Escourt History, Family Crest & Coats of Arms
- Origins Available:
The ancestors of the bearers of the Escourt family name are thought have lived in ancient Anglo-Saxon England. They were first found in Bedfordshire. Their name, however, translates as the dweller at the eastern cottage, and indicates that the original bearer lived in such a place. 
Early Origins of the Escourt family
The surname Escourt was first found in Bedfordshire, where Gundwinus de Estcota was listed in the Pipe Rolls of 1190.  The Hundredorum Rolls of 1273 listed: Richard de Estcott, Wiltshire; and Hugh de Estcote, Cambridgeshire. 
Later the Subsidy Rolls for Sussex listed Robert atte Estcote in 1327. 
Eastcourt is a hamlet, in the parish of Crudwell, union and hundred of Malmesbury, Malmesbury and Kingswood divisions of Wiltshire  and there are at least three villages name Eastcott ( Wiltshire (2), Middlesex.) The oldest was Eastcourt, Wiltshire which dates back to Saxon times when it was known as Escote. Eastcott, Wiltshire dates back to 1167 and it was known as Estcota at that time. 
Early History of the Escourt family
This web page shows only a small excerpt of our Escourt research. Another 69 words (5 lines of text) covering the years 1570, 1624, 1607, 1624, 1668, 1712, 1601, 1668, 1628, 1629, 1676, 1684, 1587, 1563, 1571, 1572, 1584 and 1586 are included under the topic Early Escourt History in all our PDF Extended History products and printed products wherever possible.
Escourt Spelling Variations
Until quite recently, the English language has lacked a definite system of spelling rules. Consequently, Anglo-Saxon surnames are characterized by a multitude of spelling variations. Changes in Anglo-Saxon names were influenced by the evolution of the English language, as it incorporated elements of French, Latin, and other languages. Although Medieval scribes and church officials recorded names as they sounded, so it is common to find one person referred to by several different spellings of his surname, even the most literate people varied the spelling of their own names. Variations of the name Escourt include Estcourt, Estcott, Estcotte, Eastcourt, Escott and many more.
Early Notables of the Escourt family (pre 1700)
Distinguished members of the family include Sir Thomas Estcourt (c. 1570-1624), an English lawyer and politician, High Sheriff of Gloucestershire in 1607, Member of Parliament for Gloucestershire in 1624; Sir Edward Estcourt of Salisbury; Richard Estcourt (1668-1712), an early English actor, active playing comedy parts in Dublin; and Sir Giles Estcourt, 1st Baronet (c. 1601-1668), an English politician who sat in the House of Commons from 1628 to 1629, supporter of the Royalist cause in the English Civil War.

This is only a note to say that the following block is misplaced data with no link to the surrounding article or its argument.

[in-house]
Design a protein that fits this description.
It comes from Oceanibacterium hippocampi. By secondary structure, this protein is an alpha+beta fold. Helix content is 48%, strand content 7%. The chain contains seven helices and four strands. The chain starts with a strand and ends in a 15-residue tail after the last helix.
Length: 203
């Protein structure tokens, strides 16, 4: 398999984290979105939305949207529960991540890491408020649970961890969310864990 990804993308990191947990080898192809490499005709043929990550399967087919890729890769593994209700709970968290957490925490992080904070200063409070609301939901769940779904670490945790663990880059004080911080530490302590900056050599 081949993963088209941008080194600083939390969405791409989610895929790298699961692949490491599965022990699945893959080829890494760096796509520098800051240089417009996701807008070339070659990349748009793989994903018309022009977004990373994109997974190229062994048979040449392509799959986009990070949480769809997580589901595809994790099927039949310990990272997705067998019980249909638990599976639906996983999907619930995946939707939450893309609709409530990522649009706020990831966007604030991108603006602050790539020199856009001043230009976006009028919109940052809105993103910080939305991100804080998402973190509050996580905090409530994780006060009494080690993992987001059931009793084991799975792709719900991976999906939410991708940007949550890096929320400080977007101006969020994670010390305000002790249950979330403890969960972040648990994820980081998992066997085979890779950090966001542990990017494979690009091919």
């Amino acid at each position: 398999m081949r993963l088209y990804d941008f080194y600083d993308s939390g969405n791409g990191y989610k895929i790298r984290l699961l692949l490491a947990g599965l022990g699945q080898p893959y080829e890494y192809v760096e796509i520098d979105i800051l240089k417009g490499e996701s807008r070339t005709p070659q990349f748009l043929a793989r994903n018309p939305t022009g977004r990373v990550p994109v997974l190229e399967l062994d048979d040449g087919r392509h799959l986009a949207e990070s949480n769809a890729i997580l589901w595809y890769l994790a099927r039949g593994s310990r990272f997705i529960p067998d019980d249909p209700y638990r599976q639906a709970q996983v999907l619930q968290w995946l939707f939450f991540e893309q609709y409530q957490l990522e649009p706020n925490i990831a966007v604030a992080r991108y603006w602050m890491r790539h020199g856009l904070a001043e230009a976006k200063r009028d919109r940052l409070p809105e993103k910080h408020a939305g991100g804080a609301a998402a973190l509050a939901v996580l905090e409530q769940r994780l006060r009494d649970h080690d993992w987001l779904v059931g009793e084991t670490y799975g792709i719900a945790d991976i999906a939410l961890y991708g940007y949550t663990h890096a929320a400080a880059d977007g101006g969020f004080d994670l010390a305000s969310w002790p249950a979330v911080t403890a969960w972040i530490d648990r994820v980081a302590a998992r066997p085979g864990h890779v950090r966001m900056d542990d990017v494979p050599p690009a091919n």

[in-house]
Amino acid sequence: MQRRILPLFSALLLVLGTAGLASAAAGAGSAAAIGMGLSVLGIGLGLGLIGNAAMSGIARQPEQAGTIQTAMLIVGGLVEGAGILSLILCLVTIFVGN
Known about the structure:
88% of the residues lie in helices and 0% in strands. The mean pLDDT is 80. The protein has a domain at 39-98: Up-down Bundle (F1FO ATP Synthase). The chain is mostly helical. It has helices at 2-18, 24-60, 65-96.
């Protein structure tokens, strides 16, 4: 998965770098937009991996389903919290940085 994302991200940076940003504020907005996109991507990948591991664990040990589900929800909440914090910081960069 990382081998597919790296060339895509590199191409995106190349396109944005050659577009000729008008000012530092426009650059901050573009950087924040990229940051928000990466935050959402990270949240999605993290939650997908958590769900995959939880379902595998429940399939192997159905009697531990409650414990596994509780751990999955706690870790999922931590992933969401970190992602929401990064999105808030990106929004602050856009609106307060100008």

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Another 84 words (6 lines of text) are included under the topic Early Escourt Notables in all our PDF Extended History products and printed products wherever possible.
Migration of the Escourt family
Searching for a better life, many English families migrated to British colonies. Unfortunately, the majority of them traveled under extremely harsh conditions: overcrowding on the ships caused the majority of the immigrants to arrive diseased, famished, and destitute from the long journey across the ocean. For those families that arrived safely, modest prosperity was attainable, and many went on to make invaluable contributions to the development of the cultures of the new colonies. Research into the origins of individual families in North America revealed records of the immigration of a number of people bearing the name Escourt or a variant listed above: Thomas Escott who settled in Virginia in 1680.
Related Stories +
- ^ Charnock, Richard, Stephen, Ludus Patronymicus of The Etymology of Curious Surnames. London: Trubner & Co., 60 Paternoster Row, 1868. Print.
- ^ Reaney, P.H and R.M. Wilson, A Dictionary of English Surnames. London: Routledge, 1991. Print. (ISBN 0-415-05737-X)
- ^ Bardsley, C.W, A Dictionary of English and Welsh Surnames: With Special American Instances. Wiltshire: Heraldry Today, 1901. Print. (ISBN 0-900455-44-6)
- ^ Lewis, Samuel, A Topographical Dictionary of England. Institute of Historical Research, 1848, Print.
- ^ Mills, A.D., Dictionary of English Place-Names. Oxford: Oxford University Press, 1991. Print. (ISBN 0-19-869156-4)